You can watch the inauguration without a ticket from the National Mall.Presidential Inauguration Parade
After the swearing-in and inaugural luncheon, a Presidential Inauguration Parade occurs for the President and Vice President. The event includes a procession of military units, citizen groups, marching bands, and floats.
Parade participants are selected by the Presidential Inaugural Committee. Marching bands, mounted units and other performers wishing to participate can find can apply online.
The inauguration parade is open to the public and is on television.Inaugural Balls
Inaugural balls honor the President and Vice President. The Presidential Inaugural Committee organizes official balls, and some state societies also sponsor balls. Tickets are required to attend most official inaugural balls, but some organizations hold unofficial events that are open to the general public.
Where can I locate the stats relative to number of welfare recipients per US Cities between 2002 - 2012? Where can I locate the data that compares the number of unemployment recipients per US City between 2002 - 2012?
Asked by an anonymous Tumblr user.
There are a number of places where you can find government data and statistics:
- USA.gov - Our page points you to commonly requested data sets and statistics.
- Data.gov - This comprehensive data site compiles data sets, charts, maps, and more. You can download raw data or play with interactive data sets.
- American FactFinder - This tool combines a variety of population, housing, economic, and geographic information that you can search many different ways.
In reference to the specific question, you can find the number of people who receive welfare, called cash public assistance, using the American FactFinder. From there you can narrow it to specific urban areas or by other geographies. The Bureau of Labor Statistics reports unemployment statistics, including for large metropolitan areas.
If you’re having a hard time locating the correct statistics, you can always ask a government information librarian for help. Government information librarians are experts at finding information from government agencies of all levels (local, state, regional, national international) on almost any subject.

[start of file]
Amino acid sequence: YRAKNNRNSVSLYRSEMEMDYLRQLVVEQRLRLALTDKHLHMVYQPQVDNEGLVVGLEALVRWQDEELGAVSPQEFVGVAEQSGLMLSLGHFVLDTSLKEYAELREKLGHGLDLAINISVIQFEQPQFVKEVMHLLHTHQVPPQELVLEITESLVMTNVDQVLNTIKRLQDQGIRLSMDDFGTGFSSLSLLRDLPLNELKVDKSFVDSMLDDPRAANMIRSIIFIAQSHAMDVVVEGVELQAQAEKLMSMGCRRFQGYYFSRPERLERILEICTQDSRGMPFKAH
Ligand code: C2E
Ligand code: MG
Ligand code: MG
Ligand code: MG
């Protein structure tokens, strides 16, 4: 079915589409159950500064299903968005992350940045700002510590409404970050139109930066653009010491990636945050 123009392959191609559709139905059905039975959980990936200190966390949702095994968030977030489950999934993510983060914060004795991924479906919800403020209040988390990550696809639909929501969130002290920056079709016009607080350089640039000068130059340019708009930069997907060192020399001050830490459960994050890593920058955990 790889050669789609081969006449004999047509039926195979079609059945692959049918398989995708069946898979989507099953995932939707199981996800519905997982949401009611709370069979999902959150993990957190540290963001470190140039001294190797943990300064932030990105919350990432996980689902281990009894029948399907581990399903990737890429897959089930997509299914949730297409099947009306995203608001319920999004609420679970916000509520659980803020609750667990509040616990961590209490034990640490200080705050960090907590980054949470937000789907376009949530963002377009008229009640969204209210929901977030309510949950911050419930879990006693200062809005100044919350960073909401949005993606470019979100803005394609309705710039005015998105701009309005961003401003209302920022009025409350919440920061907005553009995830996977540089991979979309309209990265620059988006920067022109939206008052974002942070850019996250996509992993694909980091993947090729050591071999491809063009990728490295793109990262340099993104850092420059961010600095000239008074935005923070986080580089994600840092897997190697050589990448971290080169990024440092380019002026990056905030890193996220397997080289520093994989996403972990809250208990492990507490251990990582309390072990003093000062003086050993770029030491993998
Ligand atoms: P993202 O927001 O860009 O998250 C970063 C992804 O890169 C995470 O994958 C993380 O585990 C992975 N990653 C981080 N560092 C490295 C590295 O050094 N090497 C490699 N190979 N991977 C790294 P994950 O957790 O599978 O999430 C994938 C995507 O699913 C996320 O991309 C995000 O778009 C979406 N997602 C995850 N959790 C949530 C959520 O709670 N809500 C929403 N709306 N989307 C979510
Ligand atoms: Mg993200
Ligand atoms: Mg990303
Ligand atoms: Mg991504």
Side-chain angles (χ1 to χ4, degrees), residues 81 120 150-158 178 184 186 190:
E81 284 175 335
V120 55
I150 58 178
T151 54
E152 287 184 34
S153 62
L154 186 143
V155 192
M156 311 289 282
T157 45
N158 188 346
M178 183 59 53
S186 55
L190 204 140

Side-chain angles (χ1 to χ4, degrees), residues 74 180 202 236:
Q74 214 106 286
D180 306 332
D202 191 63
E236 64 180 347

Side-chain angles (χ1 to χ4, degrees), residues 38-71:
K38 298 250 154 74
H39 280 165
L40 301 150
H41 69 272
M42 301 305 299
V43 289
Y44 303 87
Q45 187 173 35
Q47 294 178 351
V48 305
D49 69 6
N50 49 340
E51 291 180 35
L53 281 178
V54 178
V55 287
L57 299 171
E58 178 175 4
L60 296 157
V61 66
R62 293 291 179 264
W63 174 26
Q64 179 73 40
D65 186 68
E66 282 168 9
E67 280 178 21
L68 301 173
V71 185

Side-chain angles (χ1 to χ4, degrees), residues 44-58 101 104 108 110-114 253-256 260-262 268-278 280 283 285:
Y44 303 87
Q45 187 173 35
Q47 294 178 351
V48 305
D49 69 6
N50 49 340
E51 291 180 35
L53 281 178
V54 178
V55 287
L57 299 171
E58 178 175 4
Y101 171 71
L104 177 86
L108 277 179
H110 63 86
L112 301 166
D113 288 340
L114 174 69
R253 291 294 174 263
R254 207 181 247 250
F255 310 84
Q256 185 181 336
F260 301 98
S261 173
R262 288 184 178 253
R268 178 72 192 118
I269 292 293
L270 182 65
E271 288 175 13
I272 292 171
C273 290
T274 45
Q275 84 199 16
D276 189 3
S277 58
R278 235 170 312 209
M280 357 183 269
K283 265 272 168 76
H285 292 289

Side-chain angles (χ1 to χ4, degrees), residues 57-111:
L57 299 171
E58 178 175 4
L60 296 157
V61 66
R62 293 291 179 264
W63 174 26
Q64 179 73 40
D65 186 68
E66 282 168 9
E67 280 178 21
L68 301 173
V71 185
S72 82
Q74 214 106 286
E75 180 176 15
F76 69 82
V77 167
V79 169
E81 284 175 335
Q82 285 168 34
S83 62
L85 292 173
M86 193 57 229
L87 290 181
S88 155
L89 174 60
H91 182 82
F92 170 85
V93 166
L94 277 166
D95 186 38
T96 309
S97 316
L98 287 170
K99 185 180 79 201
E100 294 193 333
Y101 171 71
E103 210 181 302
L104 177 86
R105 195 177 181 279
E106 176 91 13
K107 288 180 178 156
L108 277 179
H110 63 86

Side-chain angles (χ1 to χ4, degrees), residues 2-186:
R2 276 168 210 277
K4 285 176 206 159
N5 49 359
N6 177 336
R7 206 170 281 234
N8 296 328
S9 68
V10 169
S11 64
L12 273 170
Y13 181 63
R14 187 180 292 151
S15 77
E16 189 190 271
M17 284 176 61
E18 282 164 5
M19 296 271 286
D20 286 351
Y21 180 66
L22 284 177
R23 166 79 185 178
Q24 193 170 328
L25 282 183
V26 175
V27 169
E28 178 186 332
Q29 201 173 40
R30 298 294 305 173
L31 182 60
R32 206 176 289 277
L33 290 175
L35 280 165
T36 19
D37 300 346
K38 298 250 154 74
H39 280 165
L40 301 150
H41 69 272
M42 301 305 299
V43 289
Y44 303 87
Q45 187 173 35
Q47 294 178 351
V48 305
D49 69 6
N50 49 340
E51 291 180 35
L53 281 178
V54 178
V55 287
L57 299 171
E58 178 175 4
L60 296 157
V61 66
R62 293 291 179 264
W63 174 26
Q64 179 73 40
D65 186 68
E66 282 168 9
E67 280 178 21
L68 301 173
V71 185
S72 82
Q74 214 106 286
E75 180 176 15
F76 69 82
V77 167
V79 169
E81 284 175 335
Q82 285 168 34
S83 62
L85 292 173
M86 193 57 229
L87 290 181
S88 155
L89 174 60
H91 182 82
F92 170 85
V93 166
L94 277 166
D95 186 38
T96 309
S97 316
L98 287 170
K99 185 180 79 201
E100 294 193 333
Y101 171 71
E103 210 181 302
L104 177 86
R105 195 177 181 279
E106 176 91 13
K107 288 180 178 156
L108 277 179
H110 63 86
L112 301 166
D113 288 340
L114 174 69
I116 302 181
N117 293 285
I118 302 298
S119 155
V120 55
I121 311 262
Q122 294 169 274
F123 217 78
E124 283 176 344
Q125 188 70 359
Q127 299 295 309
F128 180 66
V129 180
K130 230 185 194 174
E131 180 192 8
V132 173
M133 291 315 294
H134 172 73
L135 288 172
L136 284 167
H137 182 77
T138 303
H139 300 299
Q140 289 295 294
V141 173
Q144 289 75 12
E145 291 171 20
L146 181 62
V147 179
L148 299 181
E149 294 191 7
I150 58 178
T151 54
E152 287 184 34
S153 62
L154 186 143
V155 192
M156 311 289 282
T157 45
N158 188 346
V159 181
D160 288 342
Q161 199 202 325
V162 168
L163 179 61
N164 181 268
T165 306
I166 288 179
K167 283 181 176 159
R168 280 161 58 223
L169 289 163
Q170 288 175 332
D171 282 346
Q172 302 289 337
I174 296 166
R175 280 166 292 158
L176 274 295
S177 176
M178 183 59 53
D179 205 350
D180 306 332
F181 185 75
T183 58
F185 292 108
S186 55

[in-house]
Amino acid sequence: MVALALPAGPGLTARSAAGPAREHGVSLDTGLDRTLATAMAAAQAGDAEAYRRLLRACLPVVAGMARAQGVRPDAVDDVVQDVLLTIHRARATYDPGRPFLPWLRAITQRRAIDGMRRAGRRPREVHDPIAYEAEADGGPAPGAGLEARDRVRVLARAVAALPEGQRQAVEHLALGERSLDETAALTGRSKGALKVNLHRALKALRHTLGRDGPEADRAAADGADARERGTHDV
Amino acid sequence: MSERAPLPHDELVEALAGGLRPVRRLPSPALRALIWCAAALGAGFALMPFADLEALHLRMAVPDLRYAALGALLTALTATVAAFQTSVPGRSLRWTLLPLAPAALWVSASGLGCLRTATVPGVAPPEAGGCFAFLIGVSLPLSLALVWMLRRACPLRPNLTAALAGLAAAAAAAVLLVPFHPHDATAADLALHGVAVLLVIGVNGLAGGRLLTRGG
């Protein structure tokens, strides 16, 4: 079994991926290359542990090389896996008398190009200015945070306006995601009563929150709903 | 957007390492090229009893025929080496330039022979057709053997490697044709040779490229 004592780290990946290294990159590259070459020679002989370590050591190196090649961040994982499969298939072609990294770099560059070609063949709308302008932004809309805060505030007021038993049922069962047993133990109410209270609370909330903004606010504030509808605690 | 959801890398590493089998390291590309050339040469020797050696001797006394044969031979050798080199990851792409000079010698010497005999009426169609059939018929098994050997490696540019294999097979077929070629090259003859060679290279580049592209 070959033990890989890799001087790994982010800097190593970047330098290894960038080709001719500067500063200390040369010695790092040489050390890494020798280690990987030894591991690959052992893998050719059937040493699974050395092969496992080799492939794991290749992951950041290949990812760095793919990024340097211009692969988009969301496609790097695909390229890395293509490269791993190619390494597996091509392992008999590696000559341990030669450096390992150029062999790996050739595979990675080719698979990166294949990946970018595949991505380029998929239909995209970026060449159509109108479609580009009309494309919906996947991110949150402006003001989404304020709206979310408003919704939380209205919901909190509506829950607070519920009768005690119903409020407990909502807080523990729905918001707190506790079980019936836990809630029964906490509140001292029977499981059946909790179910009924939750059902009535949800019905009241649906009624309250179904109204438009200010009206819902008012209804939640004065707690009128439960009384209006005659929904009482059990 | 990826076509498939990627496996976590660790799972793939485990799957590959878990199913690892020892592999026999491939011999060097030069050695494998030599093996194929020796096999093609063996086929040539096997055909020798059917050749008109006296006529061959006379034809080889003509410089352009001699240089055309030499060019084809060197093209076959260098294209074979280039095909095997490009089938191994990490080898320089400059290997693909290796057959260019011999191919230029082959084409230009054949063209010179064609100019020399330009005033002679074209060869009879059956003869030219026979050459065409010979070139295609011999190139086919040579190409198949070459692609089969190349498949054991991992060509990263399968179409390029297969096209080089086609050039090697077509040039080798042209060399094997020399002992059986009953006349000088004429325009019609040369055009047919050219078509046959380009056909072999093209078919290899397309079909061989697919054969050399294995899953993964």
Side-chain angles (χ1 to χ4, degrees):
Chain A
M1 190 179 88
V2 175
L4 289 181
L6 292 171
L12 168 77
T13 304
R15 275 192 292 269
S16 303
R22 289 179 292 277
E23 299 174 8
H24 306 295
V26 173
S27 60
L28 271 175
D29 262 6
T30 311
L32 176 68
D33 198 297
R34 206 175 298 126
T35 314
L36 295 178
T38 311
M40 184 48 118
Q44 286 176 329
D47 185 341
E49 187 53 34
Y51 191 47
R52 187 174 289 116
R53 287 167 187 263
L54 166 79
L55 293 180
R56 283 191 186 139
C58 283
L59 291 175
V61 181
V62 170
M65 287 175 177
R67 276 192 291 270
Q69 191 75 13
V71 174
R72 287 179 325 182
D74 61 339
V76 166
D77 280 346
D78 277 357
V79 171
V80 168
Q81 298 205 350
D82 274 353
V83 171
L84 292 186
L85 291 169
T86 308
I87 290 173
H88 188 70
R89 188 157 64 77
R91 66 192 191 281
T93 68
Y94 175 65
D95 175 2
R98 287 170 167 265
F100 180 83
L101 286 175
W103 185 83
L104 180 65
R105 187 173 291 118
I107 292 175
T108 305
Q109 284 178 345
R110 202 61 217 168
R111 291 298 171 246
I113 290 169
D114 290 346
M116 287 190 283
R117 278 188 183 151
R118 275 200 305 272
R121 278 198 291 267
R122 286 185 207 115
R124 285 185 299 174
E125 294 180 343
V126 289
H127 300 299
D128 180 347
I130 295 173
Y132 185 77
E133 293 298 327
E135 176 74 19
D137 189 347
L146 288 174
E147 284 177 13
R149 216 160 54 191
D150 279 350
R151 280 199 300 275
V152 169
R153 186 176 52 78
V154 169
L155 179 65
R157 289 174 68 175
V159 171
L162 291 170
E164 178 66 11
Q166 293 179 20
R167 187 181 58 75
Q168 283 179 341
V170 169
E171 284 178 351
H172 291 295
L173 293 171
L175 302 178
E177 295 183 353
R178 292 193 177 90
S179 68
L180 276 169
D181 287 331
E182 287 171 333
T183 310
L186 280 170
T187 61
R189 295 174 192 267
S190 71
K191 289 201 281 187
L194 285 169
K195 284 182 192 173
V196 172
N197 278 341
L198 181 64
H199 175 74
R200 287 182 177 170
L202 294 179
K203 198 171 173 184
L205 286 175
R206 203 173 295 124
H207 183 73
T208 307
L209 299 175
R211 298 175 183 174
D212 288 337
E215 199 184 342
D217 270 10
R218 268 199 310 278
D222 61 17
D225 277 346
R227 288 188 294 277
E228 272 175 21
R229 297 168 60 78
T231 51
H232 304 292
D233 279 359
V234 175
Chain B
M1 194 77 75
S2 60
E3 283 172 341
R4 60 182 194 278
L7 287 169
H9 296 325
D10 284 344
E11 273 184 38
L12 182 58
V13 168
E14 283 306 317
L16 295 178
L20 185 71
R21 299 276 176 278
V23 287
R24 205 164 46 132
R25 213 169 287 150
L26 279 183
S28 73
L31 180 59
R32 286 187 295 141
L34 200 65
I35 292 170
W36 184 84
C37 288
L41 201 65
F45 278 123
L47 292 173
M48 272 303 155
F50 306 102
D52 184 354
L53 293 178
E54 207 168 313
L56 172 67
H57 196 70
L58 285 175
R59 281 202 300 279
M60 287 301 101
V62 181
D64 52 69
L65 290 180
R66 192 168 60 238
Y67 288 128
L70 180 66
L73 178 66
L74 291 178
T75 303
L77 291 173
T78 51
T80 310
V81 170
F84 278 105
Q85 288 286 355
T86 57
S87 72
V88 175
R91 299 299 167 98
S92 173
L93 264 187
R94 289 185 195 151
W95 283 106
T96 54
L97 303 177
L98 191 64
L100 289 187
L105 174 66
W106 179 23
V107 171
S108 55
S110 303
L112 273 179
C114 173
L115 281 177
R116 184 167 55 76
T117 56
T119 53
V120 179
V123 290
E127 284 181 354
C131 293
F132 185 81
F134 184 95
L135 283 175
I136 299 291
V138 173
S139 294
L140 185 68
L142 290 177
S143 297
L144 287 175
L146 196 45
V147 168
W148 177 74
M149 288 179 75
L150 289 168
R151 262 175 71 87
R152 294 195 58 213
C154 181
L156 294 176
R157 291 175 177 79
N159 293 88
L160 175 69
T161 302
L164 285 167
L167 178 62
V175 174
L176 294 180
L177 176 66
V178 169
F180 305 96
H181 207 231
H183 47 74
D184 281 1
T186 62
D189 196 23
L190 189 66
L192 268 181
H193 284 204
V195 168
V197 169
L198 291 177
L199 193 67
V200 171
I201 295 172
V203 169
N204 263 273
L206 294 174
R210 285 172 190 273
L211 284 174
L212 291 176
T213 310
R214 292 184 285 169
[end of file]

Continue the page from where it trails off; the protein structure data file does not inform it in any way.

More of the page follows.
November celebrates National Adoption Month across the country. The month focuses on raising awareness about adoption, educating communities about the challenges and myths around adopting children, and draws attention to thousands of children in foster care who need good homes.
If you’re thinking about adopting a child:
- Educate yourself on common adoption myths and how to make the process the easiest for you
- Know that on average, it takes a year from the time you contact an adoption agency to the time a child is placed with you
- Remember there are several steps in the adoption process, including: completing an adoption home study, getting approved, and being matched with a child
- Have appropriate expectations and avoid judgments based on information you’ve read.
November is recognized as Military Family Month. It is a time to celebrate and honor service members and their families and thank them for their sacrifice to our country. These are just a few of the many resources available to help military service members and their families:
- Deployment Guide: This interactive resource is a free tool for service members of all branches and their families to use while preparing for deployment, during deployment, and when returning home from deployment.
- Combat Stress: Operation Enduring Families provides a five-step educational and support program for veterans and their families after they return from combat. The program includes sessions on family relationships, post-traumatic stress disorder (PTSD), depression, communication and intimacy and anger. The sessions strive to address challenges, offer resource and garner hope.
- Child Care: While a family member is deployed, the spouse at home can feel an extra burden of child care. The Department of Defense (DoD) offers child care services for family members to help them get affordable and quality child care. The DoD currently has over 800 child care centers and oversees family programs across the country.
If you can’t afford to pay your winter heating bill, the Low Income Home Energy Assistance Program (LIHEAP) may be able to help with:
- Home energy bills
- Energy crisis
- Weatherization and energy-related home repairs
Assistance is available to low-income families who spend a large portion of income on home heating and cooling.